Portland Settles Suit with Firefighter for $93,000

The City of Portland, Oregon has agreed to settle a suit filed by a former firefighter-paramedic for $93,000. Gabriel A. Watson filed suit last year seeking in excess of $1.2 million in damages over a “medical layoff” in 2020.

Watson’s 68 page complaint lists 18 separate claims for relief ranging from disability discrimination to breach of contract. Named in the suit are the fire chief, the chief of professional standards, the chief of operations, and several HR employees. Quoting from the complaint:

  • On or about December 13th of 2019, Watson experienced a sudden onset of diminished level of consciousness while working at Portland Fire and Rescue Station 18.
  • Watson was transported to Emanuel Hospital where Doctors performed a series of tests, ruling out a number of causes, including illegal or other drugs. Doctors ordered that Watson rest for 7-10 days before returning to work.
  • On or about December 16th, two days after the event at work, Watson visited his personal physician at Kaiser Permanente, the doctor reviewed the emergency records from Emanuel Hospital and cleared Watson to return to work.
  • Watson informed the City that he was cleared to return to work.
  • Watson completed forms for workers’ compensation and disability. But the City of Portland informed Watson that he was being placed on paid administrative leave. For an investigation.
  • At the City’s request, Watson was evaluated by the City’s doctor. After completing a series of psychological evaluations and providing his complete medical records to the City’s doctor, the doctor cleared Watson to return to work.
  • The City simply ignored the reports of doctors and the clearance of Watson to return to work.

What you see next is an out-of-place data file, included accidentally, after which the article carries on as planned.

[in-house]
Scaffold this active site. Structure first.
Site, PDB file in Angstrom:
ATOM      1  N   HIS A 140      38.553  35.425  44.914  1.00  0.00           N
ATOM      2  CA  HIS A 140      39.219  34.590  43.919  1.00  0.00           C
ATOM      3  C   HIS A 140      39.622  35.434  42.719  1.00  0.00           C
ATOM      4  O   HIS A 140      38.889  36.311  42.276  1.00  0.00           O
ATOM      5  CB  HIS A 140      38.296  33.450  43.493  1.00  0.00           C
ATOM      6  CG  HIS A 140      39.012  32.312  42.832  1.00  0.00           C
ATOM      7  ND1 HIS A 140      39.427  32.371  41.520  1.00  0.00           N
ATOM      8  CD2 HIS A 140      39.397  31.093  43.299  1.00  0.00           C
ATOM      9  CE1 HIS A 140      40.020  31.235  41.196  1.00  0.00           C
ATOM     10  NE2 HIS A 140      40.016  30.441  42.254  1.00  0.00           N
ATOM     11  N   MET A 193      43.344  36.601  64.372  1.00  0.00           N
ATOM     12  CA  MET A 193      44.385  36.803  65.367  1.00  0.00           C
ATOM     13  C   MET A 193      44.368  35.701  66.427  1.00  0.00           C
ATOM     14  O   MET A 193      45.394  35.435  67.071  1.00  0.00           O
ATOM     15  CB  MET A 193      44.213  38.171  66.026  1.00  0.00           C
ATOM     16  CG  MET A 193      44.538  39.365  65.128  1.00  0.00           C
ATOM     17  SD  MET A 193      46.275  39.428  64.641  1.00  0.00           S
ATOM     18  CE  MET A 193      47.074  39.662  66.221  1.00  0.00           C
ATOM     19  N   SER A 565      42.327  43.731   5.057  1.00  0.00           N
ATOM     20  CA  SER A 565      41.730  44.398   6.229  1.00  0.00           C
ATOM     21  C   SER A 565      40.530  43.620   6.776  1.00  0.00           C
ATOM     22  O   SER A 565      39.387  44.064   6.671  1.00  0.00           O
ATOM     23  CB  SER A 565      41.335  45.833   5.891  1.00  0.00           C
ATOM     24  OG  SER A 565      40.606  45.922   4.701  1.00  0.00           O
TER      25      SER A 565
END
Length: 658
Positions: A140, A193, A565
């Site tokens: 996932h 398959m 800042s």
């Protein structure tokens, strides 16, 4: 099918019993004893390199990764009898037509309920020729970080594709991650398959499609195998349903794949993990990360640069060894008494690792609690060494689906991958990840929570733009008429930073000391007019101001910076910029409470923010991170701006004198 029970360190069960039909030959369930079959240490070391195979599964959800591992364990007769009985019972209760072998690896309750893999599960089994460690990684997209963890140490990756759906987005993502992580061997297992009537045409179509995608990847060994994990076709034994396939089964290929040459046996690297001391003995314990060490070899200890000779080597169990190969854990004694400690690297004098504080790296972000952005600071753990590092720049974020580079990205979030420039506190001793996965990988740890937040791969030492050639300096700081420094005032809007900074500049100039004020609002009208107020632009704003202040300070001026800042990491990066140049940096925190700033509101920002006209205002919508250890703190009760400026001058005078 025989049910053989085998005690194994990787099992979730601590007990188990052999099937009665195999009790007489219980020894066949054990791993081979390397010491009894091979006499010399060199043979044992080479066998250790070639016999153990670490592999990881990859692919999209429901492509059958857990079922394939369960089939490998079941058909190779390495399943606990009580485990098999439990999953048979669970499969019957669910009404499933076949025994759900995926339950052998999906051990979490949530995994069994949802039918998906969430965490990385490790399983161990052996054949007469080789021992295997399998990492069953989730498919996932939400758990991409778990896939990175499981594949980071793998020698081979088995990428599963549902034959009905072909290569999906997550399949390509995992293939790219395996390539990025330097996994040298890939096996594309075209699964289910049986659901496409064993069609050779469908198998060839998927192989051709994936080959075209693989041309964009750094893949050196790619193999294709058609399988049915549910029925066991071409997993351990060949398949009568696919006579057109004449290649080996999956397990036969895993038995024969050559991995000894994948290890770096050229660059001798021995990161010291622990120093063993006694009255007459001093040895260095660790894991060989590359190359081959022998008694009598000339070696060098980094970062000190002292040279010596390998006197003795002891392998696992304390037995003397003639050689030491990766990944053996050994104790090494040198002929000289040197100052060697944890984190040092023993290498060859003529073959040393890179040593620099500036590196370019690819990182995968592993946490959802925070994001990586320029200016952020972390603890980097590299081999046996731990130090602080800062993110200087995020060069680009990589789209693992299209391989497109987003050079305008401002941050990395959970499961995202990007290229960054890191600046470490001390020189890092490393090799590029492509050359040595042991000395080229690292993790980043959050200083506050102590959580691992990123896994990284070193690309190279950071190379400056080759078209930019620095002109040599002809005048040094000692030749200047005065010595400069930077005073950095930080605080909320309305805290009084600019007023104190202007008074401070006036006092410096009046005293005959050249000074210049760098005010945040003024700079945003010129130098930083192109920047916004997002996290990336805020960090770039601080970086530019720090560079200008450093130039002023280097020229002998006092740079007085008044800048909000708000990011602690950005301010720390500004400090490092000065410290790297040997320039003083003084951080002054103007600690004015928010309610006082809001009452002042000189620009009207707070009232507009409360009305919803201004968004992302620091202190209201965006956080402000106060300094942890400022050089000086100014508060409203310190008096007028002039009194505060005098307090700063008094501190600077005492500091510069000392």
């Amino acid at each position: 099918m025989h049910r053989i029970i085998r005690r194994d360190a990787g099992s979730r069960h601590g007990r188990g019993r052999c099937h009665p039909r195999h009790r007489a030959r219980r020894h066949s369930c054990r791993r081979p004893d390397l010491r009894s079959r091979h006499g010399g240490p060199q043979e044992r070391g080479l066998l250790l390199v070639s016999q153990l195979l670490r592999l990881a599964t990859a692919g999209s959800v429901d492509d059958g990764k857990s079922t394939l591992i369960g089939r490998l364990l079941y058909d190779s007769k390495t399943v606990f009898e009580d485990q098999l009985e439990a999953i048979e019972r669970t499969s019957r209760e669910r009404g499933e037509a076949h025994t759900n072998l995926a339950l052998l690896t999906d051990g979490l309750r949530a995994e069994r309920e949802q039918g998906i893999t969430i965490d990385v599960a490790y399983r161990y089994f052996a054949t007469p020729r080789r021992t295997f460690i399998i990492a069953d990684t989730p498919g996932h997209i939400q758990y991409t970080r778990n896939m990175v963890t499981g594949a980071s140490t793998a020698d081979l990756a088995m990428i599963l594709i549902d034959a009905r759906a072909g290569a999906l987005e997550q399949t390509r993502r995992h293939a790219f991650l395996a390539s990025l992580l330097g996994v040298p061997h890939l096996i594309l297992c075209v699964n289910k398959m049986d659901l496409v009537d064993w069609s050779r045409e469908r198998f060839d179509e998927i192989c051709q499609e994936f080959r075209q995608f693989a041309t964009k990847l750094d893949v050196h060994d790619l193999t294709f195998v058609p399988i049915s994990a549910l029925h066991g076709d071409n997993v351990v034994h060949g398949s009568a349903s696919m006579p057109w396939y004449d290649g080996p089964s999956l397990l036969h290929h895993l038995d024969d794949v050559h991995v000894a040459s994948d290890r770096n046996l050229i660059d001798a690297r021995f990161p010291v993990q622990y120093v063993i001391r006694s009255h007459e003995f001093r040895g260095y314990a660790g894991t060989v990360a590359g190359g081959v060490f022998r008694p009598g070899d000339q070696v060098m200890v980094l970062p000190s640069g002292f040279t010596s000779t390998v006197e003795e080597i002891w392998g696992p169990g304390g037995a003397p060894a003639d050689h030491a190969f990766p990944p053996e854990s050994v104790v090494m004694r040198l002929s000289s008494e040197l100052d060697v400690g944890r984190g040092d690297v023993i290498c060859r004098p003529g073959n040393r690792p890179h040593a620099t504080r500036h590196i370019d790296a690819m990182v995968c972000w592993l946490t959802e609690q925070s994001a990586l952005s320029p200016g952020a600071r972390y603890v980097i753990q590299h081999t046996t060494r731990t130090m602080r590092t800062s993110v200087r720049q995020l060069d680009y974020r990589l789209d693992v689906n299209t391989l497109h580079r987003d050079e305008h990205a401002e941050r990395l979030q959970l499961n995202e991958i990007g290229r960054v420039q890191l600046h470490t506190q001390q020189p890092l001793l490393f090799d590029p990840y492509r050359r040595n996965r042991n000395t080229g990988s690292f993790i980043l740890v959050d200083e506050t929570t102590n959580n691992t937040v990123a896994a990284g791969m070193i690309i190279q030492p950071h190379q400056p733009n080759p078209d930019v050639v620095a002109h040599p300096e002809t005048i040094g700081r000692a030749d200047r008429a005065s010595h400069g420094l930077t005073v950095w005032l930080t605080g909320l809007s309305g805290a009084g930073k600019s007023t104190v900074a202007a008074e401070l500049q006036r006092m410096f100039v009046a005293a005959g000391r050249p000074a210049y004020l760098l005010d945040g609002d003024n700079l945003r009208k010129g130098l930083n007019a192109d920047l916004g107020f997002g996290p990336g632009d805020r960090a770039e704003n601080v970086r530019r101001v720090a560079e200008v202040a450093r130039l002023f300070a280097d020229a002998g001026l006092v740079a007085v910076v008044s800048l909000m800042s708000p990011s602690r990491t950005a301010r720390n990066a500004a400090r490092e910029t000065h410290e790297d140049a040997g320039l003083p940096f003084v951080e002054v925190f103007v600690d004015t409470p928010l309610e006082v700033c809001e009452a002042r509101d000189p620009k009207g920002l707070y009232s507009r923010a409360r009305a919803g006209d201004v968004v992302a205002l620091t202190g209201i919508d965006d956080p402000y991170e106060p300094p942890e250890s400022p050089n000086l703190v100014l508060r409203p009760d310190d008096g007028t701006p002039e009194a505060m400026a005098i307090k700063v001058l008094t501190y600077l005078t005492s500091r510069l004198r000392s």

• Instead, Keith Hathorne reported to supervisors that “Watson is refusing to cooperate” and expressed his intent to ‘medically lay off’ Watson.
  • Hathorne repeated his request several times, and the City further joined his scheme.
  • Instead of allowing Watson to resume his work employment with the City, the City terminated his employment. Using “medical layoff” as the reason.

Watson, who is an attorney himself, filed the suit pro se. OregonLive has much more on the back story surrounding the case and the settlement. It quotes Watson as saying:

  • Even getting $1 would’ve been enough recognition that the city was responsible.
  • The most eye-opening, shocking thing about all of it is that I’m a middle-aged white, married, guy with a law degree — if the city would wantonly do that to me, I can’t imagine what they’d do to others.

Here is a copy of the complaint:

About Curt Varone

Curt Varone has over 40 years of fire service experience and 30 as a practicing attorney licensed in both Rhode Island and Maine. His background includes 29 years as a career firefighter in Providence (retiring as a Deputy Assistant Chief), as well as volunteer and paid on call experience. He is the author of two books: Legal Considerations for Fire and Emergency Services, (2006, 2nd ed. 2011, 3rd ed. 2014) and Fire Officer's Legal Handbook (2007), and is a contributing editor for Firehouse Magazine writing the Fire Law column.

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